The Party of Nature, in contrast to both left and right, believes that plants, animals, the human body, the landscape, even the climate all have a real and objective inner integrity, unchosen by man, that man is obligated to respect, tend, and if necessary repair. The aim is neither a mechanistic exploitation of nature, nor (what is really just the mirror-image mistake) a wooden opposition to any human development of nature, but rather an integral development that harmonizes human structures, machines and lives with the landscape and its nonhuman inhabitants.
Here it is easy to assume, quite erroneously, that a non-instrumental view of nature requires Ludditism, a rejection of technology, a return to the horrors of premodern childbirth and dentistry. This is a mistake because an orientation of stewardship includes respect for man’s own nature, which is stamped with the image of God the Creator, the fabricator of nature itself. Man is properly homo faber for most of the week, and homo ludens on the Sabbath day. As homo faber it is fully human to create, to improve, to cultivate, to invent. But this orientation towards technology always bears in mind the inner integrity of the objects of stewardship. It adopts the classical conception of government, which is to say that it aims to bring the objects of its stewardship to flourishing in accordance with their real natures, rather than wrenching them into exploitable forms. It is the difference between the farmer who tends a flourishing crop and the factory farm that crams suffering animals into cages, between viticulture and agribusiness, between surgery that aims to restore the integral functioning of the body and surgery that indulges the arbitrary whims of “experiments in living.”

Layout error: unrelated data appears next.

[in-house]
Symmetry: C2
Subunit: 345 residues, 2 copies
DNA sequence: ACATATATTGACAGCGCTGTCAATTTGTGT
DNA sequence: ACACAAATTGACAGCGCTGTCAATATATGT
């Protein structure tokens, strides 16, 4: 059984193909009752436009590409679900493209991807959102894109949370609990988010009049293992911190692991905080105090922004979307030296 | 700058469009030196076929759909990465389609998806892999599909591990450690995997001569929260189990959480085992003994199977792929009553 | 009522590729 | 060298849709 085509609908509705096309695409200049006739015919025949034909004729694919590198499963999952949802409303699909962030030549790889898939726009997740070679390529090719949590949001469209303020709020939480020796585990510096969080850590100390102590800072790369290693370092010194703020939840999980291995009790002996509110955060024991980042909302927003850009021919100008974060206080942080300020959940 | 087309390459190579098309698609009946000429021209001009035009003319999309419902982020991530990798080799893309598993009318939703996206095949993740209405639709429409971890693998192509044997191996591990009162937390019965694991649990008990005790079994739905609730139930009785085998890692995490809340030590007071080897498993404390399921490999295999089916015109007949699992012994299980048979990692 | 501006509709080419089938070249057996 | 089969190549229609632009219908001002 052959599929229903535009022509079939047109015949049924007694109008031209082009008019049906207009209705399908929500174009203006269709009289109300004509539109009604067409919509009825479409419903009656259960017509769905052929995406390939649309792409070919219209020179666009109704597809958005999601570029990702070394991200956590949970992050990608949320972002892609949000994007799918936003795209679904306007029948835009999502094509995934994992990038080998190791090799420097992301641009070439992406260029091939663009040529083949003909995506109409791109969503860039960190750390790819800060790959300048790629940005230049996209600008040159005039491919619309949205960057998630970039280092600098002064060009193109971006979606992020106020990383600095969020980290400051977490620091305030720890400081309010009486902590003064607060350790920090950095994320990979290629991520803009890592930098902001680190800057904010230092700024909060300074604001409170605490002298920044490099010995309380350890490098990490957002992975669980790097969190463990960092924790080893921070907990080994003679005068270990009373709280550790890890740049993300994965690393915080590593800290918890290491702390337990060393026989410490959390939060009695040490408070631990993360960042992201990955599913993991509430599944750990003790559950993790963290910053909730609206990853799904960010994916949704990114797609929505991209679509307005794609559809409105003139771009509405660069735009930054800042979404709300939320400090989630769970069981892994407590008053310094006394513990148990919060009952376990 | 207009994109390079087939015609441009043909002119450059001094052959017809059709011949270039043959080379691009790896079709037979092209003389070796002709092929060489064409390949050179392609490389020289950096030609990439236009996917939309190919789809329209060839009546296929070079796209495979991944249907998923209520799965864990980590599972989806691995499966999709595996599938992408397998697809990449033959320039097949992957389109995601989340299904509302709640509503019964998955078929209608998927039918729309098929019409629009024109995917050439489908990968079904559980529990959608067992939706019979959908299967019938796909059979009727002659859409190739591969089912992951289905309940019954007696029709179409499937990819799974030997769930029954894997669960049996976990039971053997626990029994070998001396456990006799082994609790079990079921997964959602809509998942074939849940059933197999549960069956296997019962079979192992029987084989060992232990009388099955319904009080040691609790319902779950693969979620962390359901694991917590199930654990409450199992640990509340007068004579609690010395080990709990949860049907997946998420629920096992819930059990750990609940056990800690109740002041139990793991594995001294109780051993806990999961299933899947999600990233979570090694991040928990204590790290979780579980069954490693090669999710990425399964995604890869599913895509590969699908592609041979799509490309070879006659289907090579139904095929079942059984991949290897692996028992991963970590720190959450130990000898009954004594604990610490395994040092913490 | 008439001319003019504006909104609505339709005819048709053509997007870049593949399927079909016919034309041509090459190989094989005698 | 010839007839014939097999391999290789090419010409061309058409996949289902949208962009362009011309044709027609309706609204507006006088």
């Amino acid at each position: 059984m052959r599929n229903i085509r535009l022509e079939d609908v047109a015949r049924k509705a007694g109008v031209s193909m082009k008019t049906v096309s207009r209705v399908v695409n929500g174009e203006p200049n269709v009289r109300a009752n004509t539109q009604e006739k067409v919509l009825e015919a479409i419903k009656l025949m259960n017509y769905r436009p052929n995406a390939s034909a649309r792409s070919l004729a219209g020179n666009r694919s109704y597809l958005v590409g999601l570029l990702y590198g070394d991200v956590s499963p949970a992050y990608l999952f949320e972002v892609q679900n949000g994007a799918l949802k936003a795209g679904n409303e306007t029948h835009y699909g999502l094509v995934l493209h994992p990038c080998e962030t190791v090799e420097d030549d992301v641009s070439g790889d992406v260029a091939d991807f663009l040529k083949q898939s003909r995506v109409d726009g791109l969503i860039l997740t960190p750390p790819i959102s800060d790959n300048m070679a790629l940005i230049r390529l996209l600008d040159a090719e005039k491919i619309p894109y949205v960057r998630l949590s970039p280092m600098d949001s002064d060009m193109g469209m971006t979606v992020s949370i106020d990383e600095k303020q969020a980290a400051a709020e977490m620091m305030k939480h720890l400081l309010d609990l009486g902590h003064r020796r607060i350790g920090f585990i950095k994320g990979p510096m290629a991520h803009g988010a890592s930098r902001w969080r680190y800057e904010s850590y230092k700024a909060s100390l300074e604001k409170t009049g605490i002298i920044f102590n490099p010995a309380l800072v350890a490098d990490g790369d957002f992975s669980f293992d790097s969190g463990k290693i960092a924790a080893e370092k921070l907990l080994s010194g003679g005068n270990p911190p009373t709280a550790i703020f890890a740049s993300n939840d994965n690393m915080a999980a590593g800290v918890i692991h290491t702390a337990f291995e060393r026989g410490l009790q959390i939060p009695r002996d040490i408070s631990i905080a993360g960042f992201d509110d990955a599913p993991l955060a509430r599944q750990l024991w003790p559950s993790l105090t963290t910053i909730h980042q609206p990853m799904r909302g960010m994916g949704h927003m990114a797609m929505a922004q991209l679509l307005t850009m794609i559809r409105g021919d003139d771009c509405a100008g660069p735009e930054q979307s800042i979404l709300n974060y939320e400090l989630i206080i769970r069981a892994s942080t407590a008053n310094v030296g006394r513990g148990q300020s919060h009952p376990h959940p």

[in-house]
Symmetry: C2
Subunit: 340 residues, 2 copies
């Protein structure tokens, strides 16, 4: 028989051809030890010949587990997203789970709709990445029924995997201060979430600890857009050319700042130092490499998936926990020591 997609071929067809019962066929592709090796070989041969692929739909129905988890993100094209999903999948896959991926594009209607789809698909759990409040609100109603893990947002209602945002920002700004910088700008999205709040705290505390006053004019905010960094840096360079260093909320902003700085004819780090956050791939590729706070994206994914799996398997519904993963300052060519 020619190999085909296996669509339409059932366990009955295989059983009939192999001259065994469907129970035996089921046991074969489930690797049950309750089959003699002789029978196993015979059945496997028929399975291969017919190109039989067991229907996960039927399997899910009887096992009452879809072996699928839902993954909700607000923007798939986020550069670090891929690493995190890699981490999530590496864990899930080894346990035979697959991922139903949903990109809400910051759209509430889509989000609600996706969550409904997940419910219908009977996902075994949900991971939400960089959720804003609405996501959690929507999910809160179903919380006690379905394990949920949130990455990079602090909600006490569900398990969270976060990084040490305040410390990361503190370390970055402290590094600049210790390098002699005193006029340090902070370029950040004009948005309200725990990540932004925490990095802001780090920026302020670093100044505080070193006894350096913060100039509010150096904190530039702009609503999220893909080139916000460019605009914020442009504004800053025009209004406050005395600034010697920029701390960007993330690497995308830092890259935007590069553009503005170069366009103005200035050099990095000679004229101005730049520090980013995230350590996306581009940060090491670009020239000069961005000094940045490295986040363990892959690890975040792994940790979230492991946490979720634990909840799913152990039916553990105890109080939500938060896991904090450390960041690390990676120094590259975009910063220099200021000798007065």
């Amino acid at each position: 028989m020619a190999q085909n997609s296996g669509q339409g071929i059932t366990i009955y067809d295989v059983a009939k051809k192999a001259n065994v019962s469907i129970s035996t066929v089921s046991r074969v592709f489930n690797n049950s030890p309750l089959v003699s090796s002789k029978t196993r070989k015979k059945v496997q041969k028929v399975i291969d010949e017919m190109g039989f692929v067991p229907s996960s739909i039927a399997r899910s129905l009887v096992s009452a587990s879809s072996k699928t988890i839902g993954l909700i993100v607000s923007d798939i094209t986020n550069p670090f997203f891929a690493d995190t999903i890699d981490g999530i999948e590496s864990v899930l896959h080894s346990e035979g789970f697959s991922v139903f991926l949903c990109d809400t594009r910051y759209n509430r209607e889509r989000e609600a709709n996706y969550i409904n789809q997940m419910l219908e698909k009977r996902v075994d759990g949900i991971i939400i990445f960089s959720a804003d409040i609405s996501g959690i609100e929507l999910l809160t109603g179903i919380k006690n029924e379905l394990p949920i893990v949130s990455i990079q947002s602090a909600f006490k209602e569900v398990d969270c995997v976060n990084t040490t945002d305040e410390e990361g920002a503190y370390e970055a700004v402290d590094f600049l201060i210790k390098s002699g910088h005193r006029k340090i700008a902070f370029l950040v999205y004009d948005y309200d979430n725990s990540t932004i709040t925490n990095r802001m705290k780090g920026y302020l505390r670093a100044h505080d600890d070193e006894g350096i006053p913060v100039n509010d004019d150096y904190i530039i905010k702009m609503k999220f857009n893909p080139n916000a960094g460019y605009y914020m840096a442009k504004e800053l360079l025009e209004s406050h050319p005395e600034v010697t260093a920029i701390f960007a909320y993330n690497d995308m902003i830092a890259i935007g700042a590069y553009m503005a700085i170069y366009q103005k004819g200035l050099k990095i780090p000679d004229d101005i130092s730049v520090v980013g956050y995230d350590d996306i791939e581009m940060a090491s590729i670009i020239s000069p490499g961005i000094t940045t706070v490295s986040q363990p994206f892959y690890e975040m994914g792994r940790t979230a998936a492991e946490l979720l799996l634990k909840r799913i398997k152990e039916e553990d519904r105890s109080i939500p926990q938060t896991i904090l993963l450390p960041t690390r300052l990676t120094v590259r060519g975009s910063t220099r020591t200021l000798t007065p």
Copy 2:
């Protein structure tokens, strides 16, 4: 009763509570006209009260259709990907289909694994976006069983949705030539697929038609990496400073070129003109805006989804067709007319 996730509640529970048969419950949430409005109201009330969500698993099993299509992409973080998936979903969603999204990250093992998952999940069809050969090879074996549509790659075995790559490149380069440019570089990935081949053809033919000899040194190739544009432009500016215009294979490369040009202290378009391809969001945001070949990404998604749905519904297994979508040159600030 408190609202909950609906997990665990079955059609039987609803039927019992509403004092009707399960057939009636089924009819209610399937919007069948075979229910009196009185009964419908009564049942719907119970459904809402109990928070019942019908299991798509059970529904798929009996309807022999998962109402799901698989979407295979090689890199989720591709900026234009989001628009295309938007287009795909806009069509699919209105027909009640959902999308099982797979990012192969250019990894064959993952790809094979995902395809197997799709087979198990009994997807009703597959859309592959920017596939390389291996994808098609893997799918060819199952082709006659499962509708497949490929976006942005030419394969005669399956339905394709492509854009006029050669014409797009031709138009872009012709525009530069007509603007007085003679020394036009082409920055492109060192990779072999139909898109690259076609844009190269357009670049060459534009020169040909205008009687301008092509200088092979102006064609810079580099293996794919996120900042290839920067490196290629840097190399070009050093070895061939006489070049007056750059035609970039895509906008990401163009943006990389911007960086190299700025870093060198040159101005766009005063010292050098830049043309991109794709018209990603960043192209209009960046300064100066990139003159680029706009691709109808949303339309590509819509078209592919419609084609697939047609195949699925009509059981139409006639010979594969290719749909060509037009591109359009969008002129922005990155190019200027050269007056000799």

What does a stewardship model of governance imply concretely? What exactly does it mean for postliberals to become, consistently, the Party of Nature? The answer lies at two levels, both principle and practice.
The principle of stewardship sets a framework, not a set list of policies. Part of stewardship is prudence, the circumstantial judgment of the good gardener who can shape, structure and prune the garden in more than one way, while remaining true to the nature of the landscape and flora and fauna in his charge. So reasonable minds can differ within the framework.
Nonetheless the hallmark of the Party of Nature is that it will be consistent, in ways that cut across contemporary left-right divides. It will be the party that takes seriously its obligation to protect both endangered species and endangered sexes. It will oppose strip-mining and poisoning, both of the landscape for economic benefit and of the human body for willful self-expression. It will support the natural family — which is to say the extended, multigenerational family — in all its aspects, economic, social and legal. It will support homo faber by supporting employment and labor, healthy and safe conditions of work, and just wages; so too, it will support homo ludens by legal protection of days of rest, feast days and Sabbath days, against the encroachment of the market. It will oppose the “throwaway culture” on both “economic” and “social” issues. It will oppose low-wage, no-benefit gig employment while also opposing abortion, surrogacy, prostitution and pornography, in all these cases because it opposes treating human beings as disposable, commodified objects, as mere factors of production. It will fight for law, governance and public culture that is pro-life on all fronts. Pope Francis says both that “[s]ince everything is interrelated, concern for the protection of nature is also incompatible with the justification of abortion” and also that “[h]elping the poor financially must always be a provisional solution in the face of pressing needs. The broader objective should always be to allow them a dignified life through work.” (Laudato Si 120, 128). To become the Party of Nature is to see that these two passages are saying the same thing, for the same reasons.